The method used for unlocking the iPhone of the San Bernardino shooter won’t work on other models.
The U.S. Justice Department recently announced that it will not cease its efforts to appeal a court ruling in the mobile security case it filed against Apple in New York, in which it wishes to force the tech giant to unlock an iPhone that was used in a drug case.
The Justice Department filed a letter in a Brooklyn, New York federal court in order to continue the appeal.
Within the letter, it stated that “the government continues to require Apple’s assistance in accessing the data that it is authorized to search by warrant.” That letter was actually filed only one day after Director James Comey of the Federal Bureau of Investigation (FBI) announced that the agency had obtained a mobile security breaking method that would make it possible for the FBI to unlock the iPhone 5c that had been used by one of the San Bernardino shooters, but it would not work on other device models such as the iPhone 5s that was involved in the New York drug case.
While Apple has stated that it could break through the mobile security of its smartphones, it has refused.
Apple has stated that it would be able to develop the code required to unlock the smartphone in the New York case, but it has been fighting the demand put forward by the government which would require it to do so. So far, Apple has been able to keep up its defense. On February 29, a U.S. Magistrate Judge, James Orenstein, ruled that he did not have the authority to force Apple to disable the iPhone 5s security features for the purposes of the drug probe.
The Justice Department’s letter pointed out that the application for appeal “is not moot,” as the iPhone 5s cannot be unlocked using the same technique that was used on the iPhone 5c. In this case, the mobile device belonging to Jun Feng – who has pleaded guilty to taking part in a meth ring conspiracy – and the government was hoping to be able to unlock the smartphone in order to identify other people who were involved in this methamphetamine distribution conspiracy.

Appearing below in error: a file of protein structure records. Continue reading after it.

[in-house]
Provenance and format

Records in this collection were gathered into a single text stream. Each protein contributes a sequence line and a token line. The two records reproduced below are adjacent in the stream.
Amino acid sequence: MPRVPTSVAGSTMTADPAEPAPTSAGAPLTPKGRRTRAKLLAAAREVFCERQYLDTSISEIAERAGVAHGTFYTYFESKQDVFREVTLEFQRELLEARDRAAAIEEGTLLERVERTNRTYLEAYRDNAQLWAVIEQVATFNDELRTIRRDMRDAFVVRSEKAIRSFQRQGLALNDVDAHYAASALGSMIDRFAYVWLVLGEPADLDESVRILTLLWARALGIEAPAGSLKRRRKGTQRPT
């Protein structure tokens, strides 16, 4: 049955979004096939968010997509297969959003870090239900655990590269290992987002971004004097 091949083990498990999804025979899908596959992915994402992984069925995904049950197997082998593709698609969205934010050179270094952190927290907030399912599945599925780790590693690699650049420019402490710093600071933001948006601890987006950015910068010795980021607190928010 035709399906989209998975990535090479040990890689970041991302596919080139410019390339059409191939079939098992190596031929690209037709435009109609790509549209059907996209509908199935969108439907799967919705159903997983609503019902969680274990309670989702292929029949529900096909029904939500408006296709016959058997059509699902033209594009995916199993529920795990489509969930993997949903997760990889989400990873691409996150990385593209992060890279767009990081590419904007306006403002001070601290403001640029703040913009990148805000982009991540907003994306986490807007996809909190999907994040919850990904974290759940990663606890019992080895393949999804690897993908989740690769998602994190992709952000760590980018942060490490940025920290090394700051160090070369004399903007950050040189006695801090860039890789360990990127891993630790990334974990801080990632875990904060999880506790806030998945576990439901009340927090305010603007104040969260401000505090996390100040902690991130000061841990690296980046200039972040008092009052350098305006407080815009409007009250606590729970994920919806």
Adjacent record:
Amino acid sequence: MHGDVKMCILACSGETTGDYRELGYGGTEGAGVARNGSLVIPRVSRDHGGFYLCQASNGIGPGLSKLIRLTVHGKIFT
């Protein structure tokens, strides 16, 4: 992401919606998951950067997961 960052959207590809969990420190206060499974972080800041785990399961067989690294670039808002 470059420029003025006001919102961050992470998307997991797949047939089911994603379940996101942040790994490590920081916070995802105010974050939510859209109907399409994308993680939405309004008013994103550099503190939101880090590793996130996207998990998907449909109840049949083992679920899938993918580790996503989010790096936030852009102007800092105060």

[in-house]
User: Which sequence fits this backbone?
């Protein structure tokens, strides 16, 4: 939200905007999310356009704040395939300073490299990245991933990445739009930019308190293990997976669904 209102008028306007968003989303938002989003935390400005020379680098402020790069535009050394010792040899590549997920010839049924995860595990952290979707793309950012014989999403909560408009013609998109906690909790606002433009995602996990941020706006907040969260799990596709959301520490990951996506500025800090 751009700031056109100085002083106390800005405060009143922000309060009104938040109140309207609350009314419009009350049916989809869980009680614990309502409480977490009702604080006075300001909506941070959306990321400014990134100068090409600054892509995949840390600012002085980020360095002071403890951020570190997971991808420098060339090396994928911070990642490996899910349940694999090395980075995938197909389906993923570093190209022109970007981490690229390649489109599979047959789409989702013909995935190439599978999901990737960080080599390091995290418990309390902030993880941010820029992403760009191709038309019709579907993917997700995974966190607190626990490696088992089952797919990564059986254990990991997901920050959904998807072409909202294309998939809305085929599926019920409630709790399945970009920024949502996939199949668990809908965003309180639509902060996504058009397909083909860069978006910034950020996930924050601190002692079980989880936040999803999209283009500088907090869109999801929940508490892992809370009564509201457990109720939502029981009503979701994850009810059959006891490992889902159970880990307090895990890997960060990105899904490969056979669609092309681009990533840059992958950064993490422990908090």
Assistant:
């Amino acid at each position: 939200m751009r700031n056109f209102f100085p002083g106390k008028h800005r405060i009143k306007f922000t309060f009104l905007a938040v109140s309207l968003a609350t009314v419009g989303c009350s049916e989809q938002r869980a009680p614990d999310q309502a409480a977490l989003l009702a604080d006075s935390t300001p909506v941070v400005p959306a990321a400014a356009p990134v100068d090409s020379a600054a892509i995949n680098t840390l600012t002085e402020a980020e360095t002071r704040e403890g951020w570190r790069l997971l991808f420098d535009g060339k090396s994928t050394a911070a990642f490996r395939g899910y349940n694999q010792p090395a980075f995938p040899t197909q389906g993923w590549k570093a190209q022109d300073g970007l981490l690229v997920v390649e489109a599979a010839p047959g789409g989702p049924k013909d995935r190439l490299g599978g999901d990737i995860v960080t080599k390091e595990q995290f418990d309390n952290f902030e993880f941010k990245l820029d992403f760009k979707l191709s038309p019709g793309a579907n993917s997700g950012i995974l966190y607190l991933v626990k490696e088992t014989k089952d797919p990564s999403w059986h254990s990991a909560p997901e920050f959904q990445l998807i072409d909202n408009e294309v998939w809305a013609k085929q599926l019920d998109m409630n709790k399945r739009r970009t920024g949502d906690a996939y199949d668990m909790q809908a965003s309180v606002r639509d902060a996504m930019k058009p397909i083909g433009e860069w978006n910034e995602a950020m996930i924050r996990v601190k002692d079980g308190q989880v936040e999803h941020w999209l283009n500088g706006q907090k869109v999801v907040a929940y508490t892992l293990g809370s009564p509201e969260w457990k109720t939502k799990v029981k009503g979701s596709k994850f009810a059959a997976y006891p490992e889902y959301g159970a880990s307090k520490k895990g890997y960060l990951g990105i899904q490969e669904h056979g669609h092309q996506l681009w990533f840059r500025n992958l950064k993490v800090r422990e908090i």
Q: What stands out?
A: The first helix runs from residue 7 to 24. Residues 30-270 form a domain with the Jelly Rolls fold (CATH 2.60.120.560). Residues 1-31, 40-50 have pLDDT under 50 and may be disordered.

Feng’s mobile device has an older operating system than the iOS 7 installed on Rizwan Farook of San Bernardino’s iPhone. This means that their mobile security encryption technology is different and the strategies to unlock them are not the same. Apple will be filing its papers in opposition to the appeal on April 15.
John Torney is originally from New Jersey and a full time writer. He recently finished up a long term commitment where he worked in a tutoring program for underprivileged students that show an interest in a writing career. John has shown a special interest in technology and the mobile craze - which comes out in his articles. He has written scholarly papers, articles and reviews on topics ranging from insurance to technology news. Father of two young children, he keeps himself plenty busy!